Tuesday, November 11, 2014

Yesterday's excitement was lunch with one of you in a sushi restaurant on Broughton Street – we had a grand time, and scarcely talked about knitting at all. We'll get around to that next time, which may not be for awhile, alas, as she lives several thousand miles away from Broughton Street. She brought me three skeins of Jared's Shelter yarn in a wonderful dark red. I follow his designs with attention, and have bought and knit one of them (for Thomas the Elder, this month's bridegroom, and then there was enough yarn left over to allow me to scale the pattern down and knit it again for Thomas the Younger, this month's birthday boy). But I've never had the yarn in my hands before. There's enough for a serious scarf.

She also gave me “Coats and Caps for Children”, a hand-out included with the Centenary Stitches exhibition in Lincoln. I'd like to see that one. The patterns have been taken from an old Paton's publication and updated by Judith Brodnicki.

The exhibition is connected with the opening of a film called “Tell Them Of Us”, about the Great War losses of a particular Lincolnshire family. Many knitters worked to construct authentic period sweaters and shawls for the film, including my lunch companion of yesterday, and a book called “Centenary Stitches” with 70 of the patterns they used, updated, is about to be released upon the world. I've just pre-ordered mine.

“Tell Them of Us”, the title of the film, derives from a famous WWI epitaph written by John Maxwell Edmonds deriving, of course, from the even more famous epitaph to the dead of Thermopylae by Simonides. It's one of the few things I can still quote in the original Greek – I'd write it out for you if I were more adroit with this computer. The point of the battle was to hold the Persians back for a bit while the main Greek forces got ready to beat them at Marathon, further south.

Tell the Lacedaemonians, passer-by,
That we lie here, doing what they told us to do.

The site of the battle must be somewhere proximate to the road from Thessaloniki to Pelion which we drove along one happy day with Greek Helen and her family. There is only one way south to Athens – that was the point of the battle.

And while we're on this elegaic WWI theme, appropriate to 11/11, there was an interesting article in the FT last weekend about the death of Lord Kitchener. (Nothing was said about knitting.) I knew he had died on a voyage to Russia, and had always assumed that death struck somewhere off the coasts of northern Europe, as it did for so many British merchant seamen taking supplies to Russia in WWII. And not being terribly hospitably received when they got there (if they did)– Churchill is interesting on this subject in his account of WWII.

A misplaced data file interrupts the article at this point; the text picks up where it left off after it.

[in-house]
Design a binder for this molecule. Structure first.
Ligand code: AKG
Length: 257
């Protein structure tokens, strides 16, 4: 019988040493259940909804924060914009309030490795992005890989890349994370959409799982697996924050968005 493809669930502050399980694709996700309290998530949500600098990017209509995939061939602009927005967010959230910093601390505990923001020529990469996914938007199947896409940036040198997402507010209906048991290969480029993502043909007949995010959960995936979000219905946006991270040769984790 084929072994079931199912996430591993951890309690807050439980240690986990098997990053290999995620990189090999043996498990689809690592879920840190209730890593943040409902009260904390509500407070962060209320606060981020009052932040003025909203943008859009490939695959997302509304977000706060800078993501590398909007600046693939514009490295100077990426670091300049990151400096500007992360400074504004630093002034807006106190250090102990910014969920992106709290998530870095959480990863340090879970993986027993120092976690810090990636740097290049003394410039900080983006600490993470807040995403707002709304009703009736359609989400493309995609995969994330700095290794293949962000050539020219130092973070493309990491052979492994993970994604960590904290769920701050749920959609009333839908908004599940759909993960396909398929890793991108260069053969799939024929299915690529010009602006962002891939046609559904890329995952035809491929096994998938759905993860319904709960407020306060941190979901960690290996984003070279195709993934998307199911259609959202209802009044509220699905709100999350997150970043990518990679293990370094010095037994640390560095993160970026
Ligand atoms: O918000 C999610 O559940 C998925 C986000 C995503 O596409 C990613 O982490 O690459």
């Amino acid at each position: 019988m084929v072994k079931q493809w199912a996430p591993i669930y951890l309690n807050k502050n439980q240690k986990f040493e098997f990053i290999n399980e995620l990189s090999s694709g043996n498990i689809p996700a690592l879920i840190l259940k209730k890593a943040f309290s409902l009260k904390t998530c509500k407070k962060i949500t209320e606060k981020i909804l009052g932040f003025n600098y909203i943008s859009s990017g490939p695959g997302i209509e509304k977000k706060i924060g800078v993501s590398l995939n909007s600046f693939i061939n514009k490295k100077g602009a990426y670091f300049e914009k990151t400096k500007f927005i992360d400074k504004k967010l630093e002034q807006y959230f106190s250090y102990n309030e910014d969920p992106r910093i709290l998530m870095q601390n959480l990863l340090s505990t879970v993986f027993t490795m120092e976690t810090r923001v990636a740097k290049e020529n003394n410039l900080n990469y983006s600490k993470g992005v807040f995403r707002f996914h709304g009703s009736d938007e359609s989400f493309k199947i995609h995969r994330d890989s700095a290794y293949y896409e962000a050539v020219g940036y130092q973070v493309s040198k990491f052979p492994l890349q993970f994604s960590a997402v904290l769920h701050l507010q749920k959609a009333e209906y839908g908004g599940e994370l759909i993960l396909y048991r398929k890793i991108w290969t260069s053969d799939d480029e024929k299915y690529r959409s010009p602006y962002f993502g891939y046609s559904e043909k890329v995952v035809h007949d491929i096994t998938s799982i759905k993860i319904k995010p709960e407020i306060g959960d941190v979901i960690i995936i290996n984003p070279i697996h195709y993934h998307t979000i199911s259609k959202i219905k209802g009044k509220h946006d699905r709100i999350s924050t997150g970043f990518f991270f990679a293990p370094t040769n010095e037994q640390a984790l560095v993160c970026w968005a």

But,no, in Kitchener's case. His ship had just left Scapa Flow and was still within sight of the west coast of Orkney. It doesn't make much difference. Everybody is just as dead. But it's interesting to know.

As for actual knitting, it progressed well yesterday. Archie's sweater is difficult to photograph because it begins abruptly, and therefore curls – an edging will be added later. The rows are very long and slow now – and I am a clumsy knitter. But yesterday I counted the fronts and the back – and they came out right! The fronts are exactly half the back, as they should be, allowing for the fact that one of the packets will be suppressed when everything is joined into a tube.


  1. Anonymous11:00 AM

    Hello again, Jean, from Pelion

    The new bit of road to Athens from Volos no longer passes directly in front of the monument to Leonidas, but the back of it can be seen from the road. We always make a point of stopping to reflect on the history; compelling.


  2. Ellen1:11 PM

    During our recent trip to London we visited the Great War exhibit at the Imperial War Museum: very well done. Here in the USA, my grandfather, a 38 year old physician with three children and another, my mother, on the way, enlisted when the American's entered the war. He was stationed at a hospital in NJ where returning soldiers were cared for, direct from the ship. My grandmother, back home in Ohio with four children, knit for the soldiers with Red Cross issued olive green yarn (socks and hats). I inherited a skein of it, still in good shape 75 years later, and incorporated it into something I was knitting as a gift to my mother. I'll be interested to see this book, and may have to preorder it! Thanks for the heads up.

  3. Glad to hear your knitting has worked out correctly.

  4. what a fascinating article about Lord Kitchener - full of intrigue and mystery and blowing winds and capsizing ship ... also reminded me of that character, Ronald Merrick, in JEWEL IN THE CROWN - should watch that again sometime.

    anyway here is the link for those interested - its very well written... http://www.ft.com/intl/cms/s/0/f3760af0-6545-11e4-91b1-00144feabdc0.html#axzz3ImNzN6HV
    (you have to register for free subscription to view entire article - but its well worth it).

    and agree with the author about the remaining documents being sealed - rather intriguing

    and that the wreck has been "recently" classified as a war grave - why?

    (can you tell i love mysteries!)

  5. Love starting my day reading your doings. I have been hooked recently on the Foxes Paws shawl. So many increases and decreases, I am constantly ripping a row back and starting again. But I had just enough skeins of Knitpicks Palette in corgi colors, so am knitting my "corgi" paws shawl. Love it even though it is so labor intensive. It was lovely to see the Princess in action. What a wonderful heirloom to treasure for her.

  6. Exciting it was! Thanks for the plug for Centenary Stitches.

  7. Oh Jean, and Mary Lou, you met up! I am green with envy that you each got to meet the other, having only just missed Jean last year, and the premier this year.